Region: Gattinara DOCG, Piedmont, Italy
Grape: 100% Nebbiolo
Price: around $30
Sometimes, you have to treat yourself. Maybe you’ve been a good boy. Maybe you’ve had a bad week. Maybe you just feel like giving yourself a present. In any case, I was in such a self-indulging mood and coincidentally, it was Restaurant Week in Boston. So reservations were made at Erbaluce, one of the top Italian restaurants of the city. Luckily I went with my wine industry friend, she handles the bottle selection, and I can just relax. She selected a Nebbiolo from Gattinara to go with my wild board and her rustic pasta.
Gattinara is one of the Piedmont DOCGs (premium growing regions). It is not as famous as some of the others like Barolo or Barbaresco but it is a more affordable alternative to those classic Nebbiolos. Contrarily to Barolo and Barbaresco, Gattinara allows for some blending: a minimum of 90% of Nebbiolo grapes with up to 10% Bonarda di Gattinara and no more than 4% of Vespolina. The one we had however is 100% Nebbiolo, which is a common choice for producers in Gattinara.
Eye: deep garnet
Nose: Clean, medium intensity, red fruit (raspberries), vanilla
Palate: Dry, medium-plus acidity, medium-plus body, soft tannins, long finish
The likeness to Pinot Noir from Burgundy is there. Body and acidity and soft tannins match, so do the primary aromas of red fruit (raspberries mainly). The oak is present (minimum 1 year) and gives out vanilla aromas. Where it differs from a Burgundy though is a distinct mineral quality on the finish. It gives the wine a denser, tighter feel than Pinot Noir. For lack of a better word, I’d say it gives the wine a greater sense of urgency, whereas a Pinot Noir takes a leisurely stroll, the Gattinara is desperate to give you a message.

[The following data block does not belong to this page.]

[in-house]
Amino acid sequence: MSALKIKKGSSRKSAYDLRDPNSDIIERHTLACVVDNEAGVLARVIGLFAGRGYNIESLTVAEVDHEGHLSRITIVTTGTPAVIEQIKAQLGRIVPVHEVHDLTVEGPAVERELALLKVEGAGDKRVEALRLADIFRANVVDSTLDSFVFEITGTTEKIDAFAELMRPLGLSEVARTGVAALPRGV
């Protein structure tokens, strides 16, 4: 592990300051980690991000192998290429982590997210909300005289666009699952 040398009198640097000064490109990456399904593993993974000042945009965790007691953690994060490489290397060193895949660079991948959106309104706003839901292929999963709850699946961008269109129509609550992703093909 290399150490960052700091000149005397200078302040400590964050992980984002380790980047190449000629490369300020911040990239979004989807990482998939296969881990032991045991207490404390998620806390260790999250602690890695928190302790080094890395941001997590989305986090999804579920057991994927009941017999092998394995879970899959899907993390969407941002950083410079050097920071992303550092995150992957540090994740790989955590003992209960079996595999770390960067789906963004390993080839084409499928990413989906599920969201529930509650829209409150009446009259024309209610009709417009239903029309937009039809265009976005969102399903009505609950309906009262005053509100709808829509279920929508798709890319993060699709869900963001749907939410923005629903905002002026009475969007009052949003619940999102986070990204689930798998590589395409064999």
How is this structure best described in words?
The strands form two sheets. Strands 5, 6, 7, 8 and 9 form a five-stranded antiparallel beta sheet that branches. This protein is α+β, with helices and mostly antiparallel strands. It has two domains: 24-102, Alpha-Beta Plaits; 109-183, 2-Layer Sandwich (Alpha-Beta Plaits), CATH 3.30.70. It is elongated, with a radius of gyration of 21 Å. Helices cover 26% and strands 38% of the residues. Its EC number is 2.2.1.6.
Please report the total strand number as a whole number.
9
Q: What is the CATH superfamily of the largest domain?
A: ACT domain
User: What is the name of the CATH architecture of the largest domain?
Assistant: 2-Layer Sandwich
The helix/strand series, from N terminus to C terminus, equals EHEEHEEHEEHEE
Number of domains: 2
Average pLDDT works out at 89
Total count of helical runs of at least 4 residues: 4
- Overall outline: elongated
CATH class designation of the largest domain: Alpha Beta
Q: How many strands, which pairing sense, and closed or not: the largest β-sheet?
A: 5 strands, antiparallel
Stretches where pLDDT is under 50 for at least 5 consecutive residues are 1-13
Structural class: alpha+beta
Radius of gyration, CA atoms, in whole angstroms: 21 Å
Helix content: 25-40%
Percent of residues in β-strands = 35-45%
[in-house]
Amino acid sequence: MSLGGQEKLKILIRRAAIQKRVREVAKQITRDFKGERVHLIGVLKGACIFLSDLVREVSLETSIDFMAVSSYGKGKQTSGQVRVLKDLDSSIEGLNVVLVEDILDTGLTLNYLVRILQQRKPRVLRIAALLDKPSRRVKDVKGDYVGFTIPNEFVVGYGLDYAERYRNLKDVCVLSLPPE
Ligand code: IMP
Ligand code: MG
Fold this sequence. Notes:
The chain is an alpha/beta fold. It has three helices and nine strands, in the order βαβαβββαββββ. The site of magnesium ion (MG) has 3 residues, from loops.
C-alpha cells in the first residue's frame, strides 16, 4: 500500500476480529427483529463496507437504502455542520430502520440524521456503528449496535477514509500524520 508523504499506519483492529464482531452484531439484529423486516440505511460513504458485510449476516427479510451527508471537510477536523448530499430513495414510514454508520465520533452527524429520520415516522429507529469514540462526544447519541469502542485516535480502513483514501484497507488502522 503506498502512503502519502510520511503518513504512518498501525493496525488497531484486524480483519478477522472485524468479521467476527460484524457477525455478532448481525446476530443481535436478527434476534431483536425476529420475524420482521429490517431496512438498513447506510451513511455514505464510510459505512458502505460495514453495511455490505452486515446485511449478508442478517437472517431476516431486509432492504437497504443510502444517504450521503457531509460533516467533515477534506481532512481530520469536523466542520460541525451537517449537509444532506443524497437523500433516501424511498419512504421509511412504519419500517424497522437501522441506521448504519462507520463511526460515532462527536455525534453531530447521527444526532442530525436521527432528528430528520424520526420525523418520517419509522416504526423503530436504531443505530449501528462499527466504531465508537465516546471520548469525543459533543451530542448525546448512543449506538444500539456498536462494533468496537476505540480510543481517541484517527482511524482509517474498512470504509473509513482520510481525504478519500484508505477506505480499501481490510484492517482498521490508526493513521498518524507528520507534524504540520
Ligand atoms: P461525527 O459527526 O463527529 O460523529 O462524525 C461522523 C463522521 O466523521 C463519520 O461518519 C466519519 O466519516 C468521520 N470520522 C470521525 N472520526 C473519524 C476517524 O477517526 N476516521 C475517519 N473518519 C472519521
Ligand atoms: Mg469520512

Note that this is a 2007; Nebbiolo wines have a reputation of being hard to drink young. I’m not sure how that extends to Gattinaras. The acidity in this one was medium-plus so I assume it already has mellowed out somehow. A younger wine could be a lot tarter with more aggressive tannins.
Food pairings: I had it with wild boar. Not a bad combination but I think it would work better with a more traditional red meat. I can see it working with cheese too.
Overall opinion: Nebbiolo doesn’t come cheap; this Gattinara from Travaglini is a more than decent example of this varietal at a very reasonable price. If you want to get a feel for that noblest of Northern Italian grapes I would recommend it, strongly.
Bonus: this wine was the subject of a blind-tasting contest